Physicians are healers, not life takers
I could not disagree more with Dr. Patrick Neustatter’s Nov. 8 commentary (“Terminally ill Virginians deserve aid in dying option”).
Recently the effort to legalize physician-assisted suicide has ramped up in Virginia. For 2,500 years, medicine has claimed the role of healer, but this dangerous public policy would change that by requiring a doctor’s participation in a patient’s demise .
Patients should never be conflicted about which role their physician plays.
In places where it is legal, patient-directed suicide has morphed into family-determined suicide, and then into doctor-directed suicide. The “safeguard” of a six-month-or-less prognosis has morphed into just no longer wanting to live. And the right to die seems to have become an obligation for some.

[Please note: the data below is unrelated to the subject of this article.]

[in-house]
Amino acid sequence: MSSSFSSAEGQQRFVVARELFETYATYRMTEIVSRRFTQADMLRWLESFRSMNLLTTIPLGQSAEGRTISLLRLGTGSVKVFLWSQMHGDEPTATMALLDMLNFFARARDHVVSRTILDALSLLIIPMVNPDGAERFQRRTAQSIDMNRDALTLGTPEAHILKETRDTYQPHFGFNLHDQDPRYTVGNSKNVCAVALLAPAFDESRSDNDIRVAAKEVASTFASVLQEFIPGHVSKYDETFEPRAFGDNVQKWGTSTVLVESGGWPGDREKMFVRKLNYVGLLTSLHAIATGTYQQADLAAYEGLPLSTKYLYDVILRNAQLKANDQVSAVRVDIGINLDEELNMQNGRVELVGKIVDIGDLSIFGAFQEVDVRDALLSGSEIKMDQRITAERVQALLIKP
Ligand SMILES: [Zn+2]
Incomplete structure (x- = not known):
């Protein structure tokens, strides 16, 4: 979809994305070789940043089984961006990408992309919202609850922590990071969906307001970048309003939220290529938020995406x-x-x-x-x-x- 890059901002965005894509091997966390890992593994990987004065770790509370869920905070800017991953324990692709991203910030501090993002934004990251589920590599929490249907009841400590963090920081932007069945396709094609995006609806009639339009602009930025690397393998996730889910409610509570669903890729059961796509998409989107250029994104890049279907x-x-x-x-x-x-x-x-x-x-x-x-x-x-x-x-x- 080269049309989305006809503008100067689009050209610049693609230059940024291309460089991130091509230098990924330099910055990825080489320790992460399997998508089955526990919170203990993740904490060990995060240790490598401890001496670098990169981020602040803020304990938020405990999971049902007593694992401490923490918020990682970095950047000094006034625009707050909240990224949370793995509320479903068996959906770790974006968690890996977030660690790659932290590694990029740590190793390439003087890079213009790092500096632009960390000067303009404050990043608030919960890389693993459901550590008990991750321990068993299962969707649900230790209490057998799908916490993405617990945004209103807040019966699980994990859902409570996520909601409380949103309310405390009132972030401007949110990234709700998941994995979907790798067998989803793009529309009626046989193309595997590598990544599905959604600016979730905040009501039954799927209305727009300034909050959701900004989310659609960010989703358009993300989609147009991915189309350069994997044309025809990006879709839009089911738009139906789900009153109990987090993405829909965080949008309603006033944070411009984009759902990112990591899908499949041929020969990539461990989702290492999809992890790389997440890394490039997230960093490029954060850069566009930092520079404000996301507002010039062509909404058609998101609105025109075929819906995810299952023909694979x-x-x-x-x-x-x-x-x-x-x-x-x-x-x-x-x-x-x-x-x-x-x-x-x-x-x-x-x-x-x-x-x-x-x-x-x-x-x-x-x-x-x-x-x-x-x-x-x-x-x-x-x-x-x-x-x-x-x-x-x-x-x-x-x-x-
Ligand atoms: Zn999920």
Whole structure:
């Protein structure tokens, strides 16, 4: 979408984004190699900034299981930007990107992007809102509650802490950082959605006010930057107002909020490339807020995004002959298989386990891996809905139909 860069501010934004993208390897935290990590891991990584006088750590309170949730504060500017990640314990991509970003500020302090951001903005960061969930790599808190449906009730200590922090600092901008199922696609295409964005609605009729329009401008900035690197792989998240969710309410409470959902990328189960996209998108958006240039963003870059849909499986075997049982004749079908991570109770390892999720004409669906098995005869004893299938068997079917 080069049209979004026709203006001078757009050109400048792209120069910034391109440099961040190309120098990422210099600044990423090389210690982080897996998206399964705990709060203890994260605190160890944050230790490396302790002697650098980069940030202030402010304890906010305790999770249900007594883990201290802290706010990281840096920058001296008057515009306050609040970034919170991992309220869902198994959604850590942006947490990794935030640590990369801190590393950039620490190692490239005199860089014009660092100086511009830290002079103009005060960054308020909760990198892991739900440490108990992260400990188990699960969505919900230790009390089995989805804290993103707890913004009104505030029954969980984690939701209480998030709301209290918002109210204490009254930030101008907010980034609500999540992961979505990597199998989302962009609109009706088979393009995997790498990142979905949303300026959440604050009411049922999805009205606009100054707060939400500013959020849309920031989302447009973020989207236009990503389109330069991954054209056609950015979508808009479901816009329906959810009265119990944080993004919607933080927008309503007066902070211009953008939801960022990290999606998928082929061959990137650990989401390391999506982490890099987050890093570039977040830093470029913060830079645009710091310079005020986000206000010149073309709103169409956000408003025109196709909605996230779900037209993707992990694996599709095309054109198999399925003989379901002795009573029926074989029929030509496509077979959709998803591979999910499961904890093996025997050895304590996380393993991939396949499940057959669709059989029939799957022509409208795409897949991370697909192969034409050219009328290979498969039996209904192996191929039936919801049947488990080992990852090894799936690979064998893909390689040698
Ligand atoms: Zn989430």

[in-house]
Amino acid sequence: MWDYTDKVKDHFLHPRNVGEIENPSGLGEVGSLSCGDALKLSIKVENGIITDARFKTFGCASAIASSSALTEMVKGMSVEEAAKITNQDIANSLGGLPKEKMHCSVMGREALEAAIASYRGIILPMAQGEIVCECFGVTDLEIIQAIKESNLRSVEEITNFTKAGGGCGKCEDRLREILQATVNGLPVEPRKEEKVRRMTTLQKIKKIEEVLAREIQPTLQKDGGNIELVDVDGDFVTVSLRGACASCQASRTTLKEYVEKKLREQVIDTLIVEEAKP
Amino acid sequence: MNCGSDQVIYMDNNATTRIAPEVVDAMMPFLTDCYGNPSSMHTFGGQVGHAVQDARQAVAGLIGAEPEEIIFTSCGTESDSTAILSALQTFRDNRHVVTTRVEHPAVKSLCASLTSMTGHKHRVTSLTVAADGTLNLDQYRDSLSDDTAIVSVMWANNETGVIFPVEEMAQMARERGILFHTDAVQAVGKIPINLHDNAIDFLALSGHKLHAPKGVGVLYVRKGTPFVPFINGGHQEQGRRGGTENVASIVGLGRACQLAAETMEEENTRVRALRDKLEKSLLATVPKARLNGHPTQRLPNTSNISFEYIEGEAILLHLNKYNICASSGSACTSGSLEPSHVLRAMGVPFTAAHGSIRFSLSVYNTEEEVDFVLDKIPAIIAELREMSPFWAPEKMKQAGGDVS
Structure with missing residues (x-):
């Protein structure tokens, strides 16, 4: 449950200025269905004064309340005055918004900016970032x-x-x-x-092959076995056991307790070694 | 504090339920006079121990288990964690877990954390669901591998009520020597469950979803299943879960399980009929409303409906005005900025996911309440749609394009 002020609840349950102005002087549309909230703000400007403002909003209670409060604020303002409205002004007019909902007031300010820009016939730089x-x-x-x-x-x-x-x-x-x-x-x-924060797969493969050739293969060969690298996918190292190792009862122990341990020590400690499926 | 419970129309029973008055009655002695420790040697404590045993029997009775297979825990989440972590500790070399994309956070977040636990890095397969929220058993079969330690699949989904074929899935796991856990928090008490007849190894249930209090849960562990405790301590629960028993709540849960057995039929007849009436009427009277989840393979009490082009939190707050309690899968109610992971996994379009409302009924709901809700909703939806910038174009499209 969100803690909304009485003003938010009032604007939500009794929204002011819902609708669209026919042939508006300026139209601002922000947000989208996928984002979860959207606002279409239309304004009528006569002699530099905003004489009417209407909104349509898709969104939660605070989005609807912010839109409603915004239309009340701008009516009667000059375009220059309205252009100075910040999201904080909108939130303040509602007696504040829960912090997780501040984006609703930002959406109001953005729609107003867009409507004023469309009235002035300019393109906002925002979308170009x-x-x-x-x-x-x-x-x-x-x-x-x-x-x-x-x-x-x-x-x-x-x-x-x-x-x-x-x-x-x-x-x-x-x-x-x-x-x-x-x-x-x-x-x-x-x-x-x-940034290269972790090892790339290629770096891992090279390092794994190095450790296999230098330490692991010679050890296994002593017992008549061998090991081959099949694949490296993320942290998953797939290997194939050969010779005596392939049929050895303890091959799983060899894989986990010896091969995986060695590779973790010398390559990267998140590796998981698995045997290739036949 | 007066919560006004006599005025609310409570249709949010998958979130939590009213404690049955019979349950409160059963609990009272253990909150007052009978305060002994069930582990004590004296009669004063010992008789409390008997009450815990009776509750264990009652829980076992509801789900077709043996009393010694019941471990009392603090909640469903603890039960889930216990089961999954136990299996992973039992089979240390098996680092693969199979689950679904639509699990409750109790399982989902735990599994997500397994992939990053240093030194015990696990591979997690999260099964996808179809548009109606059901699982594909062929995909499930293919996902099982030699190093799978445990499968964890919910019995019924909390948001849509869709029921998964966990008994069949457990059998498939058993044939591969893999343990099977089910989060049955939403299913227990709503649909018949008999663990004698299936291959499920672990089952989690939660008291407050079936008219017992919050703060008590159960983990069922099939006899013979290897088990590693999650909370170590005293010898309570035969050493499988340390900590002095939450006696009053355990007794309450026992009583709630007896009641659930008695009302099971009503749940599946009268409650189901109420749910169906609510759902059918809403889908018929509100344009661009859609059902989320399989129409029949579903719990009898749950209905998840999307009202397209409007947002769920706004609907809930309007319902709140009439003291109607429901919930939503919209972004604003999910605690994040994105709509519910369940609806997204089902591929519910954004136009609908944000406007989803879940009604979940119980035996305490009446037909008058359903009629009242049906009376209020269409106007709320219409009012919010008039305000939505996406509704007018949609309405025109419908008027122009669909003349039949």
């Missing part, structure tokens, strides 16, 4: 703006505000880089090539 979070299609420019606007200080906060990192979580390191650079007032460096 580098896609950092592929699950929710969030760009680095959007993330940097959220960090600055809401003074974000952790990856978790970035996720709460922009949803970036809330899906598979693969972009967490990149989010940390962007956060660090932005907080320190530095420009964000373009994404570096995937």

In Lynchburg where I live, we have a sad history of eugenics. Local physicians knew what was happening but never spoke out, so non-voluntary sterilizations were carried out here for years. Our state just recently voted to pay the victims reparations.
That was a case of physicians abdicating their role of healer, but physician- assisted suicide is not much different. It makes possible modern-day eugenics for the mentally ill, elderly or disabled.
Despite recent and vigorous efforts to change the American Medical Association’s Code of Ethics forbidding PAS, the AMA Council on Ethical and Judicial Affairs wisely recommends maintaining a stance of opposition towards this dangerous practice. And the citizens of our commonwealth, too, should demand that physicians stay out of the business of death.
Physicians are healers, not life takers.
Thomas Eppes, M.D.
State director, American Academy of Medical Ethics